V5Fs and Powerlifting

Tim gets ready to deadlift in his blue camo KSO Five Fingers.
Tim gets ready to deadlift in his blue camo KSO Five Fingers.

I'm an unequipped powerlifter which means I wear no performance enhancing gear, only a belt and loose fitting knee sleeves are allowed by my federation -- USA Powerlifting. Given those minimalistic restrictions, my FiveFingers are an asset in optimally performing all three of my contested lifts in general and essential to the back squat in particular.

Due to the squat's complexity, extreme range of motion, the numerous joints acting as movers, and the degree of stabilization necessary to support a weight on the upper back, optimal foot recruitment is crucial to perfecting this movement. Even before the weight is ever squatted, simply stepping backwards out of the power rack with upwards of 400 lbs resting on my back can be almost as much of a challenge as the actual squat movement itself. It's essential that I have full command of my feet at this point since every step I take to get myself into position demands energy -- energy best reserved for the squat itself. Taking any more than two steps back becomes exhausting and risks a failed attempt. Wearing my FiveFingers I am able to ensure each step is surefooted and precise. The lack of heel on the V5Fs allows me to keep my feet closer to the ground with each step, keeping my center of gravity lower and avoiding sway from one side or the other. The adherence of the heel to my foot also allows a graceful transition of the full weight of my body to the ground from toe to heel, and the razor-siped soles prevent slippage and keep my feet firmly glued to the platform.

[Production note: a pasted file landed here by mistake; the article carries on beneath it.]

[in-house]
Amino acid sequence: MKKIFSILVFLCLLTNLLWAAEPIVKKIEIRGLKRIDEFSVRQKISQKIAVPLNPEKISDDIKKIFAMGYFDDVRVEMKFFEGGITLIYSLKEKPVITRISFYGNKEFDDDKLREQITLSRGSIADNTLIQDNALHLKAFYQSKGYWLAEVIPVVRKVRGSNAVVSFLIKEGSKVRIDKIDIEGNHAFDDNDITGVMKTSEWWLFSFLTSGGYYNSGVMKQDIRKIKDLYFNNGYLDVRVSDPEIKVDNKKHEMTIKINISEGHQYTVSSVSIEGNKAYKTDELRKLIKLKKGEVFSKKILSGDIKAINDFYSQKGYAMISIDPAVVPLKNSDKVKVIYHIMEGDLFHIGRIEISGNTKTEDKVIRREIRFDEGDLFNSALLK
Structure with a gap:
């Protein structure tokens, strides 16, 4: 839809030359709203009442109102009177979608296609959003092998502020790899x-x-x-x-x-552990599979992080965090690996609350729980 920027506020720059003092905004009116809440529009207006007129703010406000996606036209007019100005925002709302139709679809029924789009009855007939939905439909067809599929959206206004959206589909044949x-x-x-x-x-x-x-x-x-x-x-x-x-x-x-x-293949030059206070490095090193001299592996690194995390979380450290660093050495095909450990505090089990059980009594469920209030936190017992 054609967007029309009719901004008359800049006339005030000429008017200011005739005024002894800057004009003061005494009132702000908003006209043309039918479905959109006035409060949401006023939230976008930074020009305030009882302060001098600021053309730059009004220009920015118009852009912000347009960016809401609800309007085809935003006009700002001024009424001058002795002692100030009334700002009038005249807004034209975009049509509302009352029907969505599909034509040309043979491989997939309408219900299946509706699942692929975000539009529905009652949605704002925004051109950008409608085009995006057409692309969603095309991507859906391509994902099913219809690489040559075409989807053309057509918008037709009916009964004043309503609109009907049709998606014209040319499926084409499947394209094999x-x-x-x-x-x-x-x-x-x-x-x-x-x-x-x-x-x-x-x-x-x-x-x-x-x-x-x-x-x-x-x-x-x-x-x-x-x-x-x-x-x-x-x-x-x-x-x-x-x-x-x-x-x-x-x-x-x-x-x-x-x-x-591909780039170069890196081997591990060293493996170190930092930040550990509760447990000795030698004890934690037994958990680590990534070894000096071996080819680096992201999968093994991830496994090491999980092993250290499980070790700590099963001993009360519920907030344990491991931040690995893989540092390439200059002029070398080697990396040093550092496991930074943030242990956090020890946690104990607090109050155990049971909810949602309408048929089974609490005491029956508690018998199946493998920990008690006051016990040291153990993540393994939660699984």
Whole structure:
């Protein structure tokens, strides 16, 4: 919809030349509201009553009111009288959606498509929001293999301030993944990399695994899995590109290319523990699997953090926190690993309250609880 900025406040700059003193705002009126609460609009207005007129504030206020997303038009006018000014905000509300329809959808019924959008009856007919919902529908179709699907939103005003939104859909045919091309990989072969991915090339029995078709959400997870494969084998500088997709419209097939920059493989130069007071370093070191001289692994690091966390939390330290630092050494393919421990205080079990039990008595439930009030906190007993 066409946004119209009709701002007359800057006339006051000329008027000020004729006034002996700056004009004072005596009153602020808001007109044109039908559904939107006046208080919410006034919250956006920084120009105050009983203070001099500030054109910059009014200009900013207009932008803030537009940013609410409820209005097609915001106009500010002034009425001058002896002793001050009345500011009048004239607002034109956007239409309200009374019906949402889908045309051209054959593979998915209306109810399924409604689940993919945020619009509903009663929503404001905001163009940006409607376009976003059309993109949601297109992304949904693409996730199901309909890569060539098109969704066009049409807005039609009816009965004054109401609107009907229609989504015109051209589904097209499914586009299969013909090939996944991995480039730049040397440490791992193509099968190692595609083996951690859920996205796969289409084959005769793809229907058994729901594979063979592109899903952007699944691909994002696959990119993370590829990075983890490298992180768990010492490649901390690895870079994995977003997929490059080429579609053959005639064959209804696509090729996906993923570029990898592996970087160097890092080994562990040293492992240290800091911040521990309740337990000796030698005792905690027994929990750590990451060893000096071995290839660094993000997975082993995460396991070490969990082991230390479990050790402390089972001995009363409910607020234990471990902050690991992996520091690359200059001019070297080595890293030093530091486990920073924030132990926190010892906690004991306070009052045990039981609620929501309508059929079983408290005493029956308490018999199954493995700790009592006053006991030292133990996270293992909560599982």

Tim demonstrates a squat in his Vibram Five Fingers.
Tim demonstrates a squat in his Vibram Five Fingers.

Once in position I have a much greater (excuse the pun) grasp of the squat movement itself. The heightened sensitivity of my feet against the floor allows greater awareness of my body's center of balance. It's critical that the weight of the barbell be evenly distributed across the mid-foot region. The increased mobility of my toes allows them to literally grip the floor -- much as my hands grip the barbell -- further increasing my base of stabilization. An added benefit to the FiveFingers over being completely barefooted (aside from the fact that sport regulations ban any such lack of attire) is the considerable traction they provide against the ground. The combination of sweaty feet, a flush lifting platform, and hundreds of pounds teetering precariously on my shoulders could well be a disastrous one, so the “grippyness” of my Vibes is a welcome benefit to ensuring a stable foundation.

Another critical function that the V5Fs provide is that their lack of cushioning allows optimal force transfer to the ground. Imagine what squatting a heavy weight on a mattress would look like and you can get some idea of what it's like to squat in a pair of heavily cushioned sneakers. A portion of the force generated by the body against the ground is absorbed by the shoe which diffuses it instead of transmitting it directly to the ground. An unabated transmission of force from the barbell to the feet to the ground increases stability and efficiency, ensuring that energy is preserved for a successful squat attempt.